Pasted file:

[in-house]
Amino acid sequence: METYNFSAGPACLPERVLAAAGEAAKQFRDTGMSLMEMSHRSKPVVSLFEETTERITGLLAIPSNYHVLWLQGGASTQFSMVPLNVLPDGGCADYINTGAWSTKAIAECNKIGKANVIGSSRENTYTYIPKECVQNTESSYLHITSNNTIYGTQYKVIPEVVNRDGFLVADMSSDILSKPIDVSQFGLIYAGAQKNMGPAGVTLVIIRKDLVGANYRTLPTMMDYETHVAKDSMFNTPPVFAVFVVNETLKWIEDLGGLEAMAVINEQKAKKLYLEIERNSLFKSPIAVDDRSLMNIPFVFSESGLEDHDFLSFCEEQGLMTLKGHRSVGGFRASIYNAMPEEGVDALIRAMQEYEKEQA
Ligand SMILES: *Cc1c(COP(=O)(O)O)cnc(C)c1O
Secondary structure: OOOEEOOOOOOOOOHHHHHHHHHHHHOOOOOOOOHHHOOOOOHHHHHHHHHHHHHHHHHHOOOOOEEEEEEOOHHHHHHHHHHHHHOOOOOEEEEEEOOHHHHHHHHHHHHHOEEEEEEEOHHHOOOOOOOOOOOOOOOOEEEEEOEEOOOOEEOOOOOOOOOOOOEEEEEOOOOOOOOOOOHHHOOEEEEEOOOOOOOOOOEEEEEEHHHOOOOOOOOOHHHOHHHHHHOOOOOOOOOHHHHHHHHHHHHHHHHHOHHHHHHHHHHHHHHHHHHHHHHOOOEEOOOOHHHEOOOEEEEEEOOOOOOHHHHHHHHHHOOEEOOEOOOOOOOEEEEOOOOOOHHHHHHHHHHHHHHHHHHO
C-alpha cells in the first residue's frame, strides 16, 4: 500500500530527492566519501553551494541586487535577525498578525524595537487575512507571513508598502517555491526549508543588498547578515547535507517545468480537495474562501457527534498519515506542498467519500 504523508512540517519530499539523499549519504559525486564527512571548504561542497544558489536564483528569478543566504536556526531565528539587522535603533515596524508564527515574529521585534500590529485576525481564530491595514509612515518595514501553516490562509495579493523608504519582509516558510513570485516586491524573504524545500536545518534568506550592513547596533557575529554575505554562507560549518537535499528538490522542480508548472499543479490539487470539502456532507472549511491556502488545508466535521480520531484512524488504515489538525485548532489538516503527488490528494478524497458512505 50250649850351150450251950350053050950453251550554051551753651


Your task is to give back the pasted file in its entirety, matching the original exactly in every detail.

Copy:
[in-house]
Amino acid sequence: METYNFSAGPACLPERVLAAAGEAAKQFRDTGMSLMEMSHRSKPVVSLFEETTERITGLLAIPSNYHVLWLQGGASTQFSMVPLNVLPDGGCADYINTGAWSTKAIAECNKIGKANVIGSSRENTYTYIPKECVQNTESSYLHITSNNTIYGTQYKVIPEVVNRDGFLVADMSSDILSKPIDVSQFGLIYAGAQKNMGPAGVTLVIIRKDLVGANYRTLPTMMDYETHVAKDSMFNTPPVFAVFVVNETLKWIEDLGGLEAMAVINEQKAKKLYLEIERNSLFKSPIAVDDRSLMNIPFVFSESGLEDHDFLSFCEEQGLMTLKGHRSVGGFRASIYNAMPEEGVDALIRAMQEYEKEQA
Ligand SMILES: *Cc1c(COP(=O)(O)O)cnc(C)c1O
Secondary structure: OOOEEOOOOOOOOOHHHHHHHHHHHHOOOOOOOOHHHOOOOOHHHHHHHHHHHHHHHHHHOOOOOEEEEEEOOHHHHHHHHHHHHHOOOOOEEEEEEOOHHHHHHHHHHHHHOEEEEEEEOHHHOOOOOOOOOOOOOOOOEEEEEOEEOOOOEEOOOOOOOOOOOOEEEEEOOOOOOOOOOOHHHOOEEEEEOOOOOOOOOOEEEEEEHHHOOOOOOOOOHHHOHHHHHHOOOOOOOOOHHHHHHHHHHHHHHHHHOHHHHHHHHHHHHHHHHHHHHHHOOOEEOOOOHHHEOOOEEEEEEOOOOOOHHHHHHHHHHOOEEOOEOOOOOOOEEEEOOOOOOHHHHHHHHHHHHHHHHHHO
C-alpha cells in the first residue's frame, strides 16, 4: 500500500530527492566519501553551494541586487535577525498578525524595537487575512507571513508598502517555491526549508543588498547578515547535507517545468480537495474562501457527534498519515506542498467519500 504523508512540517519530499539523499549519504559525486564527512571548504561542497544558489536564483528569478543566504536556526531565528539587522535603533515596524508564527515574529521585534500590529485576525481564530491595514509612515518595514501553516490562509495579493523608504519582509516558510513570485516586491524573504524545500536545518534568506550592513547596533557575529554575505554562507560549518537535499528538490522542480508548472499543479490539487470539502456532507472549511491556502488545508466535521480520531484512524488504515489538525485548532489538516503527488490528494478524497458512505 50250649850351150450251950350053050950453251550554051551753651